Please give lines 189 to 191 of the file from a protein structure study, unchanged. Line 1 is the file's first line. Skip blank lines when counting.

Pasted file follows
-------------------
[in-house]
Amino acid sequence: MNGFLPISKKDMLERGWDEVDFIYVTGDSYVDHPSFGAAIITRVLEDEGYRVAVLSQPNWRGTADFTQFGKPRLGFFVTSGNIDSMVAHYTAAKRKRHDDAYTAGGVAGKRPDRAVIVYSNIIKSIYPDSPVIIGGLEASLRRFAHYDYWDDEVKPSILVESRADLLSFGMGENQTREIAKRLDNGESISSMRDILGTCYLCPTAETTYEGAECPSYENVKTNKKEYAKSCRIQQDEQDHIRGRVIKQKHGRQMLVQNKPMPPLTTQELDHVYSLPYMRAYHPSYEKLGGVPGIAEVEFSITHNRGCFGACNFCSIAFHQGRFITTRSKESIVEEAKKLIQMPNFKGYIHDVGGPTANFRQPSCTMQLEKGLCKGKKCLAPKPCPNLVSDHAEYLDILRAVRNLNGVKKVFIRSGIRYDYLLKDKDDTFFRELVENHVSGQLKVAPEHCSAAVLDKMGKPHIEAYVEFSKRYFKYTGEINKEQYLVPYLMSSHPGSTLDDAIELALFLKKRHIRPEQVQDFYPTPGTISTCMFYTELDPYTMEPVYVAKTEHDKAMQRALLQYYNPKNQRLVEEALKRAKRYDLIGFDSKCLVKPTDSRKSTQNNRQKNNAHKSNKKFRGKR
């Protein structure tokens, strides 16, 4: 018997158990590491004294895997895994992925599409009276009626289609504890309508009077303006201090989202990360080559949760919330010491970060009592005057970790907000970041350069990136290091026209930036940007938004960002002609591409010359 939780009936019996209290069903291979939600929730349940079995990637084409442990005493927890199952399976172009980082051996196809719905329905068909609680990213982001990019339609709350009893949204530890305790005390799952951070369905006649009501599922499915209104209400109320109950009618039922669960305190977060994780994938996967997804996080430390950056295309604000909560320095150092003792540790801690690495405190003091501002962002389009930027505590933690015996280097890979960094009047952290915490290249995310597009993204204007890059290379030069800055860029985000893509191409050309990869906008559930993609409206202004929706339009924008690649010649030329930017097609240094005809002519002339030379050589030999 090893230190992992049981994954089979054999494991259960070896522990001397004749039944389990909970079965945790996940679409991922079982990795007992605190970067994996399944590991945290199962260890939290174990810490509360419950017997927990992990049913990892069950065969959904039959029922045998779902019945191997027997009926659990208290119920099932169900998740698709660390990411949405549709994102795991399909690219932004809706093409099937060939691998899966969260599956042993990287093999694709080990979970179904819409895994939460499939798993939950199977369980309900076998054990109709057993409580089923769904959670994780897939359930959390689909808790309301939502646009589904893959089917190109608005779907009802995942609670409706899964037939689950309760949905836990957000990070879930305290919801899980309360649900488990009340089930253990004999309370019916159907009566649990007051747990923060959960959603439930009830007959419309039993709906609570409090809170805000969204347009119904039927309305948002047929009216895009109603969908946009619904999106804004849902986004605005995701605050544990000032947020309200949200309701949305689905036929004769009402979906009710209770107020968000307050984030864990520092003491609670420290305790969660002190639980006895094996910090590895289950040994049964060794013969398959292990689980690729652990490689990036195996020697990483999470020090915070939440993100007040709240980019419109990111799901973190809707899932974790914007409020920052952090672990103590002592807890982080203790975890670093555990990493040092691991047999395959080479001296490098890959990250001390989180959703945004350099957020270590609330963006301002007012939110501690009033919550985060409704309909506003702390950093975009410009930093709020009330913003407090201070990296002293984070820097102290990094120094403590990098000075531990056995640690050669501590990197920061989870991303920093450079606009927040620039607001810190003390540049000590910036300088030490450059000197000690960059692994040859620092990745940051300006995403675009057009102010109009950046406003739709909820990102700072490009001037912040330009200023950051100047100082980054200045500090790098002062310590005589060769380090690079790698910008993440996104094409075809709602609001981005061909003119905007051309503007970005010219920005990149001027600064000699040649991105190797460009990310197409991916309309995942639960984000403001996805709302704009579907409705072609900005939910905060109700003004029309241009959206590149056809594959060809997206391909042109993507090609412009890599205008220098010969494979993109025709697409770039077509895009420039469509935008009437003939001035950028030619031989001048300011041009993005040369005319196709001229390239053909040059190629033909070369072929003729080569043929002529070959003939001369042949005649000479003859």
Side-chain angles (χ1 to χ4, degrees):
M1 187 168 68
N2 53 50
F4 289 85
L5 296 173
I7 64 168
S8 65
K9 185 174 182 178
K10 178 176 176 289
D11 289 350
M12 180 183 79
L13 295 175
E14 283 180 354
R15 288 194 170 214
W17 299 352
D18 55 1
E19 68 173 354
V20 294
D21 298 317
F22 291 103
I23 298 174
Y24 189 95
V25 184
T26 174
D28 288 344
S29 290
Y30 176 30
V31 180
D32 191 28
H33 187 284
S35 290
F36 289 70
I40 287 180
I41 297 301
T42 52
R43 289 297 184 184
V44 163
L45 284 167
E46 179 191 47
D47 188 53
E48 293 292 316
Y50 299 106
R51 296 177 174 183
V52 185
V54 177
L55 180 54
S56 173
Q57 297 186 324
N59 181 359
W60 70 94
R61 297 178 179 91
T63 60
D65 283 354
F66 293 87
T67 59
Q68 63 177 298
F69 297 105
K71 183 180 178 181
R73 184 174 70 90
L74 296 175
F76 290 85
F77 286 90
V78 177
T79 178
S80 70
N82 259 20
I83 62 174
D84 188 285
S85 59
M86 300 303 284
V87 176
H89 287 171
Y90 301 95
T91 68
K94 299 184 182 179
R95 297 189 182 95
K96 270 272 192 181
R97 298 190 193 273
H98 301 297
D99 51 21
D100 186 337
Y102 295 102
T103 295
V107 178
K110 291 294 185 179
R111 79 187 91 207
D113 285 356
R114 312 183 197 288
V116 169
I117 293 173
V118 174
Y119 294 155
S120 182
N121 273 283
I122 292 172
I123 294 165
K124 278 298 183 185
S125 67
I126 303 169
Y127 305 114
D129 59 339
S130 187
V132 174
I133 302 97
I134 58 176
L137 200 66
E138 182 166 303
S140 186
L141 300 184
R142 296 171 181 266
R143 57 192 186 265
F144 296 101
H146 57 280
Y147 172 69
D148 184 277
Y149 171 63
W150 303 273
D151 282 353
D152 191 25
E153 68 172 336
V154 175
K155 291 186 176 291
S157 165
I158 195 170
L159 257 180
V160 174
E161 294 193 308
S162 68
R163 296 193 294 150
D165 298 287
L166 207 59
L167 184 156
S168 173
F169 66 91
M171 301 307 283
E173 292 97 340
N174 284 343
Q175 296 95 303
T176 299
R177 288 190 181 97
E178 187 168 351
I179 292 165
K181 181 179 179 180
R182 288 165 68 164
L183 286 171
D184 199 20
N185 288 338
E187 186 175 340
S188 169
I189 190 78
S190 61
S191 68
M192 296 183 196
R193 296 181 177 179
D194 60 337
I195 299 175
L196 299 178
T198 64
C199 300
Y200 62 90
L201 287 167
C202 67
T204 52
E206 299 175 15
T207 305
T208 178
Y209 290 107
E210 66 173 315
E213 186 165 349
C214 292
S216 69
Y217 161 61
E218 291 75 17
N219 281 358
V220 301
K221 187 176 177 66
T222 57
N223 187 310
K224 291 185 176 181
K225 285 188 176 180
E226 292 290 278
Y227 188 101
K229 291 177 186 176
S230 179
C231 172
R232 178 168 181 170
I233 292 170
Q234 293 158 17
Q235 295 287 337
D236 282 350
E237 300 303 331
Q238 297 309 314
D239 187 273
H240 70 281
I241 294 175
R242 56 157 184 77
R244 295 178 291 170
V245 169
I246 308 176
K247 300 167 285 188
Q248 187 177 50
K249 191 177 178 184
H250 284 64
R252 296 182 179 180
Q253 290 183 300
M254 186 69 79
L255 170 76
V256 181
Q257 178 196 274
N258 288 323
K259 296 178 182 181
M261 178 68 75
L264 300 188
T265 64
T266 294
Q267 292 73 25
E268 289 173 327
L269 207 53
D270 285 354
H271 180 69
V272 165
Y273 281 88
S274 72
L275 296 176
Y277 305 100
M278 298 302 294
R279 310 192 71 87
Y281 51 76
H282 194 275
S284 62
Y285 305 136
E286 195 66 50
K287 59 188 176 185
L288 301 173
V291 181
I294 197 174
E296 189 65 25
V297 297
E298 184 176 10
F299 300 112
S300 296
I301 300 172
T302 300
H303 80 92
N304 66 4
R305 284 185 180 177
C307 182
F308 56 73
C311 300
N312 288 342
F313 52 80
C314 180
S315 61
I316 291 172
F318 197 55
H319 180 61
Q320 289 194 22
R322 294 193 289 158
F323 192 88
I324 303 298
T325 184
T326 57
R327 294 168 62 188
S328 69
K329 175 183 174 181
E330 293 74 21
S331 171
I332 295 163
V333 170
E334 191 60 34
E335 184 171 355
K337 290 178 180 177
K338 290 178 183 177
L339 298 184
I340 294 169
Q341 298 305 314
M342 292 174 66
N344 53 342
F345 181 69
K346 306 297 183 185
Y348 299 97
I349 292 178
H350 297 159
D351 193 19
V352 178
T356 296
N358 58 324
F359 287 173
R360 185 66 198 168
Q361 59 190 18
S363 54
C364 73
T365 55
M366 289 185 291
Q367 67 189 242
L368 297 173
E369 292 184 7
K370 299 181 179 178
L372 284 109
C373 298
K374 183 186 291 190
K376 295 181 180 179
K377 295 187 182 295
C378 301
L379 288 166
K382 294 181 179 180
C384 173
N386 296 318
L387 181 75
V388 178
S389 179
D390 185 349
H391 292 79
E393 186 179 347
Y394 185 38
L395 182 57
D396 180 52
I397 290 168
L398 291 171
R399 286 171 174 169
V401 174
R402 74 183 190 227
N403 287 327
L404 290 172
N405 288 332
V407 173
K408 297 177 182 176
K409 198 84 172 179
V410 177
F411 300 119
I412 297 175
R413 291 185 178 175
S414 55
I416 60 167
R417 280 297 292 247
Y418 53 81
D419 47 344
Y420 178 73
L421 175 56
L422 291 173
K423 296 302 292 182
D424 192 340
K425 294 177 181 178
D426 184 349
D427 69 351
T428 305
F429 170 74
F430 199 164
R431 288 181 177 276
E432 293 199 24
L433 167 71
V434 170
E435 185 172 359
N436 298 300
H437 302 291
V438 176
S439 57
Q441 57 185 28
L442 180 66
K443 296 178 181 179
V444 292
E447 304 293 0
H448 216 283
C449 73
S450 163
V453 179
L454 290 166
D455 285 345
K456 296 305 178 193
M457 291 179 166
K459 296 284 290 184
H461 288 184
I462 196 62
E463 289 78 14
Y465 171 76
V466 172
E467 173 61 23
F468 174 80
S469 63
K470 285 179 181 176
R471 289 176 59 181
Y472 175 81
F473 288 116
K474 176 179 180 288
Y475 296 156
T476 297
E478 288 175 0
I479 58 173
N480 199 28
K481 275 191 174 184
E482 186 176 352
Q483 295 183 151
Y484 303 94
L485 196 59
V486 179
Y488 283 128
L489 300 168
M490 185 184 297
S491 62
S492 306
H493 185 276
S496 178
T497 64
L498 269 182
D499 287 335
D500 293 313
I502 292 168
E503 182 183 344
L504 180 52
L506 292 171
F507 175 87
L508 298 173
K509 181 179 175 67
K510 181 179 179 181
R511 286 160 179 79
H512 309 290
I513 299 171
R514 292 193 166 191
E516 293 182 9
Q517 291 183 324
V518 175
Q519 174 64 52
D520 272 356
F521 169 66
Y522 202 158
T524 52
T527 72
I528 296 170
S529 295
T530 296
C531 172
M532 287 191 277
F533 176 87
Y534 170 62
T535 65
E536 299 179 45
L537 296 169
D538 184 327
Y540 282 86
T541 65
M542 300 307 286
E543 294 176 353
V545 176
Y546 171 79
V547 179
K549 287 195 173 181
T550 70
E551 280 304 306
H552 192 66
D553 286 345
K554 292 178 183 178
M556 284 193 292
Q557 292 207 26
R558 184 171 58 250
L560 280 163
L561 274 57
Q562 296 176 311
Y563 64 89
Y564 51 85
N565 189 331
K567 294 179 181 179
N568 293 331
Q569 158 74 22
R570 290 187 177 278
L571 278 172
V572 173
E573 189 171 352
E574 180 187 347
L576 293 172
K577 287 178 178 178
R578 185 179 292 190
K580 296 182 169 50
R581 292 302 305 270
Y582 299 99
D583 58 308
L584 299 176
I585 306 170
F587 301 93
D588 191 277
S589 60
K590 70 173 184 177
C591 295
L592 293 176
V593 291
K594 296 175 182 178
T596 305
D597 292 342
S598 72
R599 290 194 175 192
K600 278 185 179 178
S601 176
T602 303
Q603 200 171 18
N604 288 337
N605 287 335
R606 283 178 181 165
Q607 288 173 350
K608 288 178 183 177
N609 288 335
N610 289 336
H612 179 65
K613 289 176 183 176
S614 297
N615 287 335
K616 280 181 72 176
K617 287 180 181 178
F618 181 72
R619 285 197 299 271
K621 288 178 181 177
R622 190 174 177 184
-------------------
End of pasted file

R232 178 168 181 170
I233 292 170
Q234 293 158 17